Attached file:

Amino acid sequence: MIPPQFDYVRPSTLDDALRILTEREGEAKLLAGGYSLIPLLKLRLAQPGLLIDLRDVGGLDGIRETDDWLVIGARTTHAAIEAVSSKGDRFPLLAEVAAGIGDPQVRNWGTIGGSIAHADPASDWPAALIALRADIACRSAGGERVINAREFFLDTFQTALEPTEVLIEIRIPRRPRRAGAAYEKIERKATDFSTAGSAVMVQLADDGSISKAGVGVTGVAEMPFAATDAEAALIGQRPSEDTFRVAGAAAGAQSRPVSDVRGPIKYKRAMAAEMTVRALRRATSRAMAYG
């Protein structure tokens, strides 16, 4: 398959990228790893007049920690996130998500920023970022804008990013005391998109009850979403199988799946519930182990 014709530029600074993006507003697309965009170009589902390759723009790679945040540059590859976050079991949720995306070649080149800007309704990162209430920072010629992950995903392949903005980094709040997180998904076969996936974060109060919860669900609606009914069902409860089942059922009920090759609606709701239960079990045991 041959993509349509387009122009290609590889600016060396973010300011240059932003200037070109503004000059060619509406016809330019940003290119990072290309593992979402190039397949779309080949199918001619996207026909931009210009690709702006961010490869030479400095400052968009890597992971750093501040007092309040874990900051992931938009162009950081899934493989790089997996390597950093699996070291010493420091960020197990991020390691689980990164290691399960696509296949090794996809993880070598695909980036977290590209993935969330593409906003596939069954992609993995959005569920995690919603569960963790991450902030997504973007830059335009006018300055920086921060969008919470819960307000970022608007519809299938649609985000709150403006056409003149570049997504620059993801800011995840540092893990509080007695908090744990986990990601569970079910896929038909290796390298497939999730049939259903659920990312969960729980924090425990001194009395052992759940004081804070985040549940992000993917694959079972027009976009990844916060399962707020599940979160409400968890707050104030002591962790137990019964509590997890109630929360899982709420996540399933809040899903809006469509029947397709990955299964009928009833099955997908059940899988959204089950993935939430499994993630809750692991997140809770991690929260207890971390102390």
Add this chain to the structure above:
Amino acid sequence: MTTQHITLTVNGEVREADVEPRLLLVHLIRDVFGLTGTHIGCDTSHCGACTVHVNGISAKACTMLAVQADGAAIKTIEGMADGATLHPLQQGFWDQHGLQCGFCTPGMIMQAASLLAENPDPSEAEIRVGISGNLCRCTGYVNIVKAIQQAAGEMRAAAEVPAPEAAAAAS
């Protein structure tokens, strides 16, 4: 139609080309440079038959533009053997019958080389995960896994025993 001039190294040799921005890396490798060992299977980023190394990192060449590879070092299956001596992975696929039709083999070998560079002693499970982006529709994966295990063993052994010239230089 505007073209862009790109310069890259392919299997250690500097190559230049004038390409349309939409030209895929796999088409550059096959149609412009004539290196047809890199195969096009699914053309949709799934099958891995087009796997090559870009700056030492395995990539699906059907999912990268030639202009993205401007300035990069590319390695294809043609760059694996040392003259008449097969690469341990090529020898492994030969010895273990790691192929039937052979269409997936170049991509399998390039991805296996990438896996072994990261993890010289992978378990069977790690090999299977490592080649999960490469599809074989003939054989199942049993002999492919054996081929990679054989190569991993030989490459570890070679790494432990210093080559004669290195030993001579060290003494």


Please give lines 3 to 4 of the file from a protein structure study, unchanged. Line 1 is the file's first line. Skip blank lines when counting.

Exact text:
Add this chain to the structure above:
Amino acid sequence: MTTQHITLTVNGEVREADVEPRLLLVHLIRDVFGLTGTHIGCDTSHCGACTVHVNGISAKACTMLAVQADGAAIKTIEGMADGATLHPLQQGFWDQHGLQCGFCTPGMIMQAASLLAENPDPSEAEIRVGISGNLCRCTGYVNIVKAIQQAAGEMRAAAEVPAPEAAAAAS